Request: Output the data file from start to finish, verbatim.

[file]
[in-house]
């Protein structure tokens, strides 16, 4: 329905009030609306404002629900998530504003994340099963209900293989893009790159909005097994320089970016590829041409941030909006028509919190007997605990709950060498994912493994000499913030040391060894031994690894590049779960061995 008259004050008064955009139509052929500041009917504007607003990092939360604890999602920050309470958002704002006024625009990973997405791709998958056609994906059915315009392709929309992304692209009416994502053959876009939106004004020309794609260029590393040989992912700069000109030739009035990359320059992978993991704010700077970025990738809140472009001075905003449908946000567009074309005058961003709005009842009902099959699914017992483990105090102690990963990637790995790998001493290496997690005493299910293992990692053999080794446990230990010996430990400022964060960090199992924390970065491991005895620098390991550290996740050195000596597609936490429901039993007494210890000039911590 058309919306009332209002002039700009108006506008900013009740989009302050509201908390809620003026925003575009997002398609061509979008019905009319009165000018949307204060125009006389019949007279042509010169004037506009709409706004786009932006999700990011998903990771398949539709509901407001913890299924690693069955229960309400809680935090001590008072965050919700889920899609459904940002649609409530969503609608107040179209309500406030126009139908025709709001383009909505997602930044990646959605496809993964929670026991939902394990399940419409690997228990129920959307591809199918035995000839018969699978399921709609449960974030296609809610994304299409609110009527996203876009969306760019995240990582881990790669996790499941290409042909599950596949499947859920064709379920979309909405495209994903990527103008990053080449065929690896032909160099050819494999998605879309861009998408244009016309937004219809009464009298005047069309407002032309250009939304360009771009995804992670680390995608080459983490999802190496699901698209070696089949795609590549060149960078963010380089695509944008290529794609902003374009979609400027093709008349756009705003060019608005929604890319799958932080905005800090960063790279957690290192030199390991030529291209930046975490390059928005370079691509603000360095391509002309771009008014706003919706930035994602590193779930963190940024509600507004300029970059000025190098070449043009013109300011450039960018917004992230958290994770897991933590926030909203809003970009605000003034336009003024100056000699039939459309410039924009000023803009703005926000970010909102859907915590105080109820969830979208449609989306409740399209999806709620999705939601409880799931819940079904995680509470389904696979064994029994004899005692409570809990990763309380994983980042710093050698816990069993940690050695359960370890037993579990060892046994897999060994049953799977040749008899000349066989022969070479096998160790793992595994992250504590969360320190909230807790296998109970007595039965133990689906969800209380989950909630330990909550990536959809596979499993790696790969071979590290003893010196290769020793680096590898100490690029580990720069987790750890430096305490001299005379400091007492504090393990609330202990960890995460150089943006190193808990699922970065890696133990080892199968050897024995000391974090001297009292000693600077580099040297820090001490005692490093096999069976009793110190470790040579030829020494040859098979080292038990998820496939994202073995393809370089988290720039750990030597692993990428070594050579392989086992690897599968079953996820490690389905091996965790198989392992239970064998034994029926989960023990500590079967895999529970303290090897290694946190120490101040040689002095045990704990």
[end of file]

[in-house]
């Protein structure tokens, strides 16, 4: 329905009030609306404002629900998530504003994340099963209900293989893009790159909005097994320089970016590829041409941030909006028509919190007997605990709950060498994912493994000499913030040391060894031994690894590049779960061995 008259004050008064955009139509052929500041009917504007607003990092939360604890999602920050309470958002704002006024625009990973997405791709998958056609994906059915315009392709929309992304692209009416994502053959876009939106004004020309794609260029590393040989992912700069000109030739009035990359320059992978993991704010700077970025990738809140472009001075905003449908946000567009074309005058961003709005009842009902099959699914017992483990105090102690990963990637790995790998001493290496997690005493299910293992990692053999080794446990230990010996430990400022964060960090199992924390970065491991005895620098390991550290996740050195000596597609936490429901039993007494210890000039911590 058309919306009332209002002039700009108006506008900013009740989009302050509201908390809620003026925003575009997002398609061509979008019905009319009165000018949307204060125009006389019949007279042509010169004037506009709409706004786009932006999700990011998903990771398949539709509901407001913890299924690693069955229960309400809680935090001590008072965050919700889920899609459904940002649609409530969503609608107040179209309500406030126009139908025709709001383009909505997602930044990646959605496809993964929670026991939902394990399940419409690997228990129920959307591809199918035995000839018969699978399921709609449960974030296609809610994304299409609110009527996203876009969306760019995240990582881990790669996790499941290409042909599950596949499947859920064709379920979309909405495209994903990527103008990053080449065929690896032909160099050819494999998605879309861009998408244009016309937004219809009464009298005047069309407002032309250009939304360009771009995804992670680390995608080459983490999802190496699901698209070696089949795609590549060149960078963010380089695509944008290529794609902003374009979609400027093709008349756009705003060019608005929604890319799958932080905005800090960063790279957690290192030199390991030529291209930046975490390059928005370079691509603000360095391509002309771009008014706003919706930035994602590193779930963190940024509600507004300029970059000025190098070449043009013109300011450039960018917004992230958290994770897991933590926030909203809003970009605000003034336009003024100056000699039939459309410039924009000023803009703005926000970010909102859907915590105080109820969830979208449609989306409740399209999806709620999705939601409880799931819940079904995680509470389904696979064994029994004899005692409570809990990763309380994983980042710093050698816990069993940690050695359960370890037993579990060892046994897999060994049953799977040749008899000349066989022969070479096998160790793992595994992250504590969360320190909230807790296998109970007595039965133990689906969800209380989950909630330990909550990536959809596979499993790696790969071979590290003893010196290769020793680096590898100490690029580990720069987790750890430096305490001299005379400091007492504090393990609330202990960890995460150089943006190193808990699922970065890696133990080892199968050897024995000391974090001297009292000693600077580099040297820090001490005692490093096999069976009793110190470790040579030829020494040859098979080292038990998820496939994202073995393809370089988290720039750990030597692993990428070594050579392989086992690897599968079953996820490690389905091996965790198989392992239970064998034994029926989960023990500590079967895999529970303290090897290694946190120490101040040689002095045990704990």